Hackaday Prize Entry: Bilateral Brain Stimulator

In 1987, an American psychologist found voluntary eye movements reduced the intensity of negative thoughts. This is the basis of EMDR, or Eye Movement and Reprocessing Desensibilization, and if it sounds too oogie-boogie to be real, I assure you there are even oogier and boogier techniques in psychology that actually work.

[David]’s entry to the Hackaday Prize is a device that helps psychologists apply EMDR for the treatment of post-traumatic stress disorders. To do this, the psychologist asks the patient to describe a traumatic incident while the patient makes eye movement. According to the literature, this facilitates the connection between the cerebral hemispheres and decreases the emotional burden.

If simply moving your eyes back and forth while reliving your greatest horrors is enough, what’s with the hardware? [David]’s project is just a few LEDs that help enable eye movement. With a linear array of LEDs controlled by a shift register and a PIC microcontroller, this device is just enough to make a patient glance from left to right to left over and over again.

It’s a good project, made even better by the fact that [David]’s sister, a psychotherapist and EMDR practitioner, asked [David] to create an electronic device for this technique. [David]’s already produced a video on his device, and you can check that out below.

28 thoughts on “Hackaday Prize Entry: Bilateral Brain Stimulator

  1. Actually, it’s just a plot to condition the patients to swivel their eyes about when they’re having negative thoughts, so other people can identify them as crazy and start avoiding them.

  2. Brain storming session.

    If the eye movement is just side to side and only mildly random (some small speed variation, but always full left to right) I could see this system being almost fully automated. Use a device like a TENS on each hand to trigger the physical reaction when the led hits the edge, same for a small sound effect played on stereo headphones. Something like a TENS allows the patient to focus completely on the treatment instead of remembering to always tap their finger or hand (or snap a rubber band or whatever) in time with the eye movement. And with TENS isolated charges on each hand, you don’t have the risk of current going across the chest.

    So if the designer of this happens by: what are the options of a patient using this on their own after introduction and treatment by a professional? Is it like biofeedback and TENS where the behavior is encouraged to continue post treatment, or is that a huge contraidication? I’m a bit fan of self applied CBT (trying to convince someone I know that a rubber band bracelet really will help with self-harm thoughts) and this seems like a tool they and others could use it their therapists taught them to use it. And soldering a counter to a shift register to leds, and maybe an audio chip or TENS-like device could be a very cheap and life changing tool.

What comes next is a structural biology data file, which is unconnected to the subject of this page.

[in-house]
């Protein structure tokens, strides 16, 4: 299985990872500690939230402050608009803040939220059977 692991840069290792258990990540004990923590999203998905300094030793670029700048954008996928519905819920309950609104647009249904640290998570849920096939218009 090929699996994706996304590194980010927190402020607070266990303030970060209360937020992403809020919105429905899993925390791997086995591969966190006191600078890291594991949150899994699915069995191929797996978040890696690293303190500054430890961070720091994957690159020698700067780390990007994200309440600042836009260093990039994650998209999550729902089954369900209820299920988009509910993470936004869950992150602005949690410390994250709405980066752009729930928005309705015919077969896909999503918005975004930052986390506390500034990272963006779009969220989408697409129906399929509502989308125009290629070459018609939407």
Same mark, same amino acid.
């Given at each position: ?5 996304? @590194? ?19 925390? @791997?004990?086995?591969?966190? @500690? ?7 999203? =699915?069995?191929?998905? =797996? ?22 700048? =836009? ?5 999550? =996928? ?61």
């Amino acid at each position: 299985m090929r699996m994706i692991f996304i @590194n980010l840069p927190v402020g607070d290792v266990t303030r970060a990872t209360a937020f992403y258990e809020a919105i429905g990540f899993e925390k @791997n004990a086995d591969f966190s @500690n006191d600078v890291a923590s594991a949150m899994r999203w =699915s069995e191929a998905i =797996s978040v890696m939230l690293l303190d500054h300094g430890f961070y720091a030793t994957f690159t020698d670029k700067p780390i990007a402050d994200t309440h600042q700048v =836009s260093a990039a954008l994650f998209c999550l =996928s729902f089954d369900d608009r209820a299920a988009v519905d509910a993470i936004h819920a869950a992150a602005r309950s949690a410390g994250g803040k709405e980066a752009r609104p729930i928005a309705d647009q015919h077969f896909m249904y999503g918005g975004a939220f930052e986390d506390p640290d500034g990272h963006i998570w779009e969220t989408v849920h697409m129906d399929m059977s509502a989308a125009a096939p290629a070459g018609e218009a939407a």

1. Real. Learned about it in passing while listening to an NPR interview with a guy who suffered severe PTSD from childhood trauma. The story wasn’t directly about EMDR, but he mentioned that it was the first effective treatment that he had.

      I looked it up, afterward. Pretty fascinating stuff. Obviously, it’s not a miracle cure-all, though for some individuals it’s highly effective. For the guy in the interview, it was figuratively, and quite possibly literally, a life-saver.

      1. That criticism “only as effective” is like saying it doesn’t matter if you drive across town in a Lexus, or belly crawl through 5 miles of broken glass, you just end up in the same place. If it’s quicker and very easily employed, by therapist or by self, it’s better. If it “just uses the same old stuff that was known before” but in a quicker and easier to employ package, it’s better.

    2. “some crackpot psychologist”

      Is there any other type?

      Any form of physical treatment should be approved and performed by a person with a medical degree, and current registration.

      1. A medical degree does give ensure effective or safe treatment. It merely gives you someone with insurance that you can sue when things go wrong.

        I’m not slamming doctors so much as I am their training. Basically they receive no training in problem solving only pattern matching.

      1. Yeah, if I was a millionaire sadist, I’d pay for free chiropractor exams for pedants and other non-clinical OCDers, just to watch them try to live with the fact that one leg is 3mm longer than the other or something.

    1. If it were me I’d be going for a couple of dip decade counters and maybe a 555 for adjusting things. I shake too much for anything smaller. Fold them out flat and solder them deadbug then sand them off a little if space is really an issue. Still interested way to reprogram the mind. Incredible to think such simple everyday things can alter the mindset so profoundly. I wonder if anyone has found a way to do this the other way around.